What is the interpreters’ booth?
The booth is a specialized see-through mini-room where interpreters have all they need to perform their job best. It is intended for this purpose and it is the industry standard as it is the best possible setting for quality speech interpretation at events of any scale. It is intended not for direct, but for mediated communication.
What makes the booth special?
- it has two consoles (or more for very large events) where interpreters sit during the event;
- it has good sound insulation (shielding the interpreter from the noise and allowing them to only hear and focus on what matters);
- is equipped with professional quality headphones (to hear the speakers as clearly as possible) and microphones (to deliver the speakers’ message to the audience);
- in ideal cases, it offers a clear view of the stage (so that interpreters can better understand speech tone and even read the speakers’ lips if needed);
- pens and paper are available (to help interpreters take helpful notes).
What is a tour guide system?
The tour guide system is designed to help guides tell stories, give instructions, show landmarks or museum exhibits to tourists or visitors. It is designed for mobility and it is meant for direct message delivery to a limited audience.
The tour guide system doesn’t have the same coverage as the booth, for the booth uses specialized devices that transmit the sound on a larger radius, thus covering a larger surface and, consequently, allowing for a larger audience.
When the event takes place in a small room with few participants, the tour guide system could be a compromise solution, but it is not what professionals would advise. It is somewhat better if:
- the interpreter can connect to the audio mixer and thus hear everything the speaker says through headphones;
- the participants have microphones (which is a rare occurence in the tour guide system, where the interpreter usually hears what is spoken in the room without any accessories, only from the existing loudspeaker).
If the interpreting services are required for a tour (delegations and factory tours, for instance), as it offers mobility, the tour guide system is indeed the solution, but this is not the case for stage and seating events.
Tour guide system challenges
Receiving the message
When interpreters use this system at events, they face several challenges that sometimes make their work very difficult. One of these is the good reception of speech, and it is one of the key factors in delivering quality interpreting services. If the interpreter doesn’t hear the message clearly, they cannot interpret. In a setting where the tour guide system is preferred by the organizer of the event the interpreter hears all sounds in the room and has to filter the relevant information through the noise; the speaker’s voice is not delivered to the interpreter through headphones directly from the speaker’s microphone, as it is the case with using a booth. During the event, the speaker may move away from the interpreter and it can be difficult for the interpreter to follow, someone from the audience may whisper with their friend, the acoustic of the room may muffle voices or amplify rustling and all this can become an interpretation nightmare, especially at events that host more than a few people.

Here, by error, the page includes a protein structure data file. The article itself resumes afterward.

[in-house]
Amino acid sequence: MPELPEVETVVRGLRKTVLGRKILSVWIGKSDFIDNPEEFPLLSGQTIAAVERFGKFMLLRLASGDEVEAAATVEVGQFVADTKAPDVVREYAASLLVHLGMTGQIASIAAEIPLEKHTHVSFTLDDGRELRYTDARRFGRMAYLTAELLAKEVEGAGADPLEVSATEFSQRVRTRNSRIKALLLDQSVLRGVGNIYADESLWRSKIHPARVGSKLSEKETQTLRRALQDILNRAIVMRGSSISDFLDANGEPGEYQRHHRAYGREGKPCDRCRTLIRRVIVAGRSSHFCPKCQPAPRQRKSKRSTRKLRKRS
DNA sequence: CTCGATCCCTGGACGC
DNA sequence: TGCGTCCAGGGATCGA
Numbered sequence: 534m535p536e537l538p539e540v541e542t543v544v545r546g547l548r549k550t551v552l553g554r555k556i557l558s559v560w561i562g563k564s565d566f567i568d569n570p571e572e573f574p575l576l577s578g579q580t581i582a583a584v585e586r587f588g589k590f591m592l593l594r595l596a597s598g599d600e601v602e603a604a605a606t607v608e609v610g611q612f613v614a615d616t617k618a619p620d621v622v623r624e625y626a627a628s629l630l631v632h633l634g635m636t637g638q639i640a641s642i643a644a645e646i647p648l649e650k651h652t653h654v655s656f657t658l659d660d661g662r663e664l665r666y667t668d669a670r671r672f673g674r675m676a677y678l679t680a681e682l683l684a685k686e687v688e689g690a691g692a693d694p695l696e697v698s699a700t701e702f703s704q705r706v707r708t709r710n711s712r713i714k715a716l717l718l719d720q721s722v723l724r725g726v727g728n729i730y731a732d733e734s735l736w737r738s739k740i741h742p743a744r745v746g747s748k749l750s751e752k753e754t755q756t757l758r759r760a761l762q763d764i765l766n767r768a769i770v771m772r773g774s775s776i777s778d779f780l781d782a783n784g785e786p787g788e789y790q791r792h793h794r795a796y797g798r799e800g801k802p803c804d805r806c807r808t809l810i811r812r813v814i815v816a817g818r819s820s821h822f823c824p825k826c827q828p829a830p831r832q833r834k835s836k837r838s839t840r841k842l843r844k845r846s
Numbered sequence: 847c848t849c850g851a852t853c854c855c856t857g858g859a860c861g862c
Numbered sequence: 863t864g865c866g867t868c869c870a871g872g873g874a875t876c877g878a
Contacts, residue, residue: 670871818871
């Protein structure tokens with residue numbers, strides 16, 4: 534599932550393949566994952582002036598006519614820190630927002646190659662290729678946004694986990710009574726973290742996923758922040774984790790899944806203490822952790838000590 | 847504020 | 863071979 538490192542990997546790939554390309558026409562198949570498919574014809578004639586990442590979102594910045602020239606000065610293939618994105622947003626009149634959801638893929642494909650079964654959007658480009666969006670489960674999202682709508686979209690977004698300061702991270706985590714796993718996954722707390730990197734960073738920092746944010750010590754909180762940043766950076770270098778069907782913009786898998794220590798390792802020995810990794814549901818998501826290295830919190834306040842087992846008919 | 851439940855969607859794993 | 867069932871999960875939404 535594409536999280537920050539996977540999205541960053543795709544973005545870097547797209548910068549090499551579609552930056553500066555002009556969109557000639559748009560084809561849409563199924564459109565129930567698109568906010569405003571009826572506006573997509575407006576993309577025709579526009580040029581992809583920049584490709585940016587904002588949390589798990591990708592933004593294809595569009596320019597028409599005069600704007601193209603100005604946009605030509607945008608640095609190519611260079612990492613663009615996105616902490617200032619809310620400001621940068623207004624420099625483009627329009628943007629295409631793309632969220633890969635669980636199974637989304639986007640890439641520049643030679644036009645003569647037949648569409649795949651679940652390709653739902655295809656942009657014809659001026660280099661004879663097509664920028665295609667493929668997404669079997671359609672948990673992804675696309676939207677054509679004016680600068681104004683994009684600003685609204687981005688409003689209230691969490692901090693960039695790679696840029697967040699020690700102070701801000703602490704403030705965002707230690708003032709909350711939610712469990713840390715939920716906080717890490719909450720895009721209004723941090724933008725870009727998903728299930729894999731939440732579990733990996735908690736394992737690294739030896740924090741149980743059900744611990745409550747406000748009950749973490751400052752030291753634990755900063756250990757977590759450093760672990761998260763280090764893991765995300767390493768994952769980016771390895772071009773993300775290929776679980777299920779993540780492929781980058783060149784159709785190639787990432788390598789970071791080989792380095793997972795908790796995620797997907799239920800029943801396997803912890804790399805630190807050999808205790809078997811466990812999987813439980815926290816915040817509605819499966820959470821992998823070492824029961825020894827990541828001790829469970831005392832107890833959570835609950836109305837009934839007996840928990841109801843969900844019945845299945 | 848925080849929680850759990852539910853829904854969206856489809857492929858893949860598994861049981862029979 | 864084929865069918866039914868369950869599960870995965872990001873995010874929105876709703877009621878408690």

Sending the message
On the tour guide system the interpreter has a lavaliere. This is a wearable professional type of microphone that may be of a lower quality and it cannot be easily muted. It is intended to capture all sounds and if the interpreter coughs, breathes a little heavier or drinks water, all of it is transmitted to the listeners’ ears, and it’s usually amplified, so it reaches the audience at an unpleasant volume.
The clear conclusion is that the tour guide system is not a system for simultaneous interpretation, it is for guided tours! While it may seem like an interactive solution, in reality it only adds noise to the message and unnecessary stress to the interpreter.
Why would you choose the tour guide system instead of the booth?
Sometimes event organizers fear the booth cannot fit in the space available or they just don’t want it in the room, as it is not very visually appealing and it poses branding and decor challenges. In these cases, as professionals, we always come up with solutions. We can place the booth outside the room and equip it with a TV screen for live transmission of the speeches. We can find ways to add interactivity to your event whenever necessary, detaching an interpreter in the event hall at the right time (usually for the Q&A sessions) or during all of the event.
We can solve potențial problems and will work with you to make your life as an organizer easier and your event successful.
But please choose the booth!